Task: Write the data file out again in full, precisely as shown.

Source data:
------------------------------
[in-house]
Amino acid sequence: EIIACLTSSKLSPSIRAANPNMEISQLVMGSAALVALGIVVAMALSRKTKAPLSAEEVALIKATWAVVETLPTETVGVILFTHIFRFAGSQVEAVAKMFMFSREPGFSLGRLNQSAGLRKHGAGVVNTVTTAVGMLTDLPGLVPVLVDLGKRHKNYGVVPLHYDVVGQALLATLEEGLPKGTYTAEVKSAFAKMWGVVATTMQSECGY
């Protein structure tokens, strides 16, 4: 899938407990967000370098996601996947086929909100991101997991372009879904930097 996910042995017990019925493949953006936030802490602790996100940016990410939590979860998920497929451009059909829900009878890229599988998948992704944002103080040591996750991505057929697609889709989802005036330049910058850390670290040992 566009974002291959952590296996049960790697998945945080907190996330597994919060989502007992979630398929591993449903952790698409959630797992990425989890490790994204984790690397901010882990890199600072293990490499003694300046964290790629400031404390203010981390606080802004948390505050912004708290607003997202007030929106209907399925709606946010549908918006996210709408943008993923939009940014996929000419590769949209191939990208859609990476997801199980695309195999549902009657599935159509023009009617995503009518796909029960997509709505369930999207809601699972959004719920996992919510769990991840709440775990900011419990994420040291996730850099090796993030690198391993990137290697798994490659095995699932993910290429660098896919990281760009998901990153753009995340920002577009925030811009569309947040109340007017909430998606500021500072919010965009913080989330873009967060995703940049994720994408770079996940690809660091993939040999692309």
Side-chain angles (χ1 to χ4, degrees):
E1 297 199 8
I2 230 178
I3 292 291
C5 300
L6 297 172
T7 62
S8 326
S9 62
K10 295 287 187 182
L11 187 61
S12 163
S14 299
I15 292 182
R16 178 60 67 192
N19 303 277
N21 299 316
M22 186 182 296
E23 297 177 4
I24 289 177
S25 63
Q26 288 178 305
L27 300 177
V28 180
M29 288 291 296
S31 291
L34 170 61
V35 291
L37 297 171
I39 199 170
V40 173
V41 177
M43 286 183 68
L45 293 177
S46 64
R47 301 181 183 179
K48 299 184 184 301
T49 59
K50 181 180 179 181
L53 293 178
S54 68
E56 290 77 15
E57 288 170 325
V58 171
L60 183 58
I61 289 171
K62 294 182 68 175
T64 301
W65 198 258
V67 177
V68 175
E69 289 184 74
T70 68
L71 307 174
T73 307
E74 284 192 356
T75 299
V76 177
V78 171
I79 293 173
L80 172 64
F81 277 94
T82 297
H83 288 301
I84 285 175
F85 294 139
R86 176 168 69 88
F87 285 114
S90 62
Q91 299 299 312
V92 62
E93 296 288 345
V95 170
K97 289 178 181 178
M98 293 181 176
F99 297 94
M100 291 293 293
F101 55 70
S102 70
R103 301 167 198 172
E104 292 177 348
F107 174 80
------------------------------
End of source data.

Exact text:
[in-house]
Amino acid sequence: EIIACLTSSKLSPSIRAANPNMEISQLVMGSAALVALGIVVAMALSRKTKAPLSAEEVALIKATWAVVETLPTETVGVILFTHIFRFAGSQVEAVAKMFMFSREPGFSLGRLNQSAGLRKHGAGVVNTVTTAVGMLTDLPGLVPVLVDLGKRHKNYGVVPLHYDVVGQALLATLEEGLPKGTYTAEVKSAFAKMWGVVATTMQSECGY
């Protein structure tokens, strides 16, 4: 899938407990967000370098996601996947086929909100991101997991372009879904930097 996910042995017990019925493949953006936030802490602790996100940016990410939590979860998920497929451009059909829900009878890229599988998948992704944002103080040591996750991505057929697609889709989802005036330049910058850390670290040992 566009974002291959952590296996049960790697998945945080907190996330597994919060989502007992979630398929591993449903952790698409959630797992990425989890490790994204984790690397901010882990890199600072293990490499003694300046964290790629400031404390203010981390606080802004948390505050912004708290607003997202007030929106209907399925709606946010549908918006996210709408943008993923939009940014996929000419590769949209191939990208859609990476997801199980695309195999549902009657599935159509023009009617995503009518796909029960997509709505369930999207809601699972959004719920996992919510769990991840709440775990900011419990994420040291996730850099090796993030690198391993990137290697798994490659095995699932993910290429660098896919990281760009998901990153753009995340920002577009925030811009569309947040109340007017909430998606500021500072919010965009913080989330873009967060995703940049994720994408770079996940690809660091993939040999692309």
Side-chain angles (χ1 to χ4, degrees):
E1 297 199 8
I2 230 178
I3 292 291
C5 300
L6 297 172
T7 62
S8 326
S9 62
K10 295 287 187 182
L11 187 61
S12 163
S14 299
I15 292 182
R16 178 60 67 192
N19 303 277
N21 299 316
M22 186 182 296
E23 297 177 4
I24 289 177
S25 63
Q26 288 178 305
L27 300 177
V28 180
M29 288 291 296
S31 291
L34 170 61
V35 291
L37 297 171
I39 199 170
V40 173
V41 177
M43 286 183 68
L45 293 177
S46 64
R47 301 181 183 179
K48 299 184 184 301
T49 59
K50 181 180 179 181
L53 293 178
S54 68
E56 290 77 15
E57 288 170 325
V58 171
L60 183 58
I61 289 171
K62 294 182 68 175
T64 301
W65 198 258
V67 177
V68 175
E69 289 184 74
T70 68
L71 307 174
T73 307
E74 284 192 356
T75 299
V76 177
V78 171
I79 293 173
L80 172 64
F81 277 94
T82 297
H83 288 301
I84 285 175
F85 294 139
R86 176 168 69 88
F87 285 114
S90 62
Q91 299 299 312
V92 62
E93 296 288 345
V95 170
K97 289 178 181 178
M98 293 181 176
F99 297 94
M100 291 293 293
F101 55 70
S102 70
R103 301 167 198 172
E104 292 177 348
F107 174 80